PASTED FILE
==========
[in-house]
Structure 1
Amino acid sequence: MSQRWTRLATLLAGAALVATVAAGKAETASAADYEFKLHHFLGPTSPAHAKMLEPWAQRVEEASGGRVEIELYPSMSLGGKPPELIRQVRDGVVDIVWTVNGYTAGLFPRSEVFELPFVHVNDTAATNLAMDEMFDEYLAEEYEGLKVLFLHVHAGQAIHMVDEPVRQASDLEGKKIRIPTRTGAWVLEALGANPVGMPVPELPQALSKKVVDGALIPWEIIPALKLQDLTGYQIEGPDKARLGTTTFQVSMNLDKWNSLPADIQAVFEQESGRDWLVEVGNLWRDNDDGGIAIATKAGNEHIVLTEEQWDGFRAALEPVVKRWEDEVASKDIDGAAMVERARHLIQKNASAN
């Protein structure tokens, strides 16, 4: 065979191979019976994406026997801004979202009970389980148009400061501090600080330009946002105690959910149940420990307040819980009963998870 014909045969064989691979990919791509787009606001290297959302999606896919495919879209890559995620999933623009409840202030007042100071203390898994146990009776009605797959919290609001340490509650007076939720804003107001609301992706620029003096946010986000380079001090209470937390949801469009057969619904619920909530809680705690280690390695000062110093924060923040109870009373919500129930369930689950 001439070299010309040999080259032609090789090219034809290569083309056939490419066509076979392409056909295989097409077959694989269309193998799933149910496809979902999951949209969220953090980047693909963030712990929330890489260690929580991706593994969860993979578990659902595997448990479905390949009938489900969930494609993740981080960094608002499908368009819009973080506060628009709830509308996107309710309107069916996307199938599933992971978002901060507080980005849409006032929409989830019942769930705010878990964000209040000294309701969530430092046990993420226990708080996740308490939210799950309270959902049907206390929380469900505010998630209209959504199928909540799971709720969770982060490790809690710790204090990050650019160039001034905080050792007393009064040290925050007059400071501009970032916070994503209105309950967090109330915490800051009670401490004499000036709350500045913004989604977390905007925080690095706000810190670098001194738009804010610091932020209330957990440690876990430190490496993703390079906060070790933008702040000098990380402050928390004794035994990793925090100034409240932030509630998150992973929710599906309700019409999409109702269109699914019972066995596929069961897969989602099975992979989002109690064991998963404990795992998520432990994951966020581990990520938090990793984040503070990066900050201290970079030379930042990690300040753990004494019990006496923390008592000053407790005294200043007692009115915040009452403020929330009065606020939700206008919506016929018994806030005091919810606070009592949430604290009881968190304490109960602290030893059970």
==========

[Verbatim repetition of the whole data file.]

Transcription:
[in-house]
Structure 1
Amino acid sequence: MSQRWTRLATLLAGAALVATVAAGKAETASAADYEFKLHHFLGPTSPAHAKMLEPWAQRVEEASGGRVEIELYPSMSLGGKPPELIRQVRDGVVDIVWTVNGYTAGLFPRSEVFELPFVHVNDTAATNLAMDEMFDEYLAEEYEGLKVLFLHVHAGQAIHMVDEPVRQASDLEGKKIRIPTRTGAWVLEALGANPVGMPVPELPQALSKKVVDGALIPWEIIPALKLQDLTGYQIEGPDKARLGTTTFQVSMNLDKWNSLPADIQAVFEQESGRDWLVEVGNLWRDNDDGGIAIATKAGNEHIVLTEEQWDGFRAALEPVVKRWEDEVASKDIDGAAMVERARHLIQKNASAN
């Protein structure tokens, strides 16, 4: 065979191979019976994406026997801004979202009970389980148009400061501090600080330009946002105690959910149940420990307040819980009963998870 014909045969064989691979990919791509787009606001290297959302999606896919495919879209890559995620999933623009409840202030007042100071203390898994146990009776009605797959919290609001340490509650007076939720804003107001609301992706620029003096946010986000380079001090209470937390949801469009057969619904619920909530809680705690280690390695000062110093924060923040109870009373919500129930369930689950 001439070299010309040999080259032609090789090219034809290569083309056939490419066509076979392409056909295989097409077959694989269309193998799933149910496809979902999951949209969220953090980047693909963030712990929330890489260690929580991706593994969860993979578990659902595997448990479905390949009938489900969930494609993740981080960094608002499908368009819009973080506060628009709830509308996107309710309107069916996307199938599933992971978002901060507080980005849409006032929409989830019942769930705010878990964000209040000294309701969530430092046990993420226990708080996740308490939210799950309270959902049907206390929380469900505010998630209209959504199928909540799971709720969770982060490790809690710790204090990050650019160039001034905080050792007393009064040290925050007059400071501009970032916070994503209105309950967090109330915490800051009670401490004499000036709350500045913004989604977390905007925080690095706000810190670098001194738009804010610091932020209330957990440690876990430190490496993703390079906060070790933008702040000098990380402050928390004794035994990793925090100034409240932030509630998150992973929710599906309700019409999409109702269109699914019972066995596929069961897969989602099975992979989002109690064991998963404990795992998520432990994951966020581990990520938090990793984040503070990066900050201290970079030379930042990690300040753990004494019990006496923390008592000053407790005294200043007692009115915040009452403020929330009065606020939700206008919506016929018994806030005091919810606070009592949430604290009881968190304490109960602290030893059970």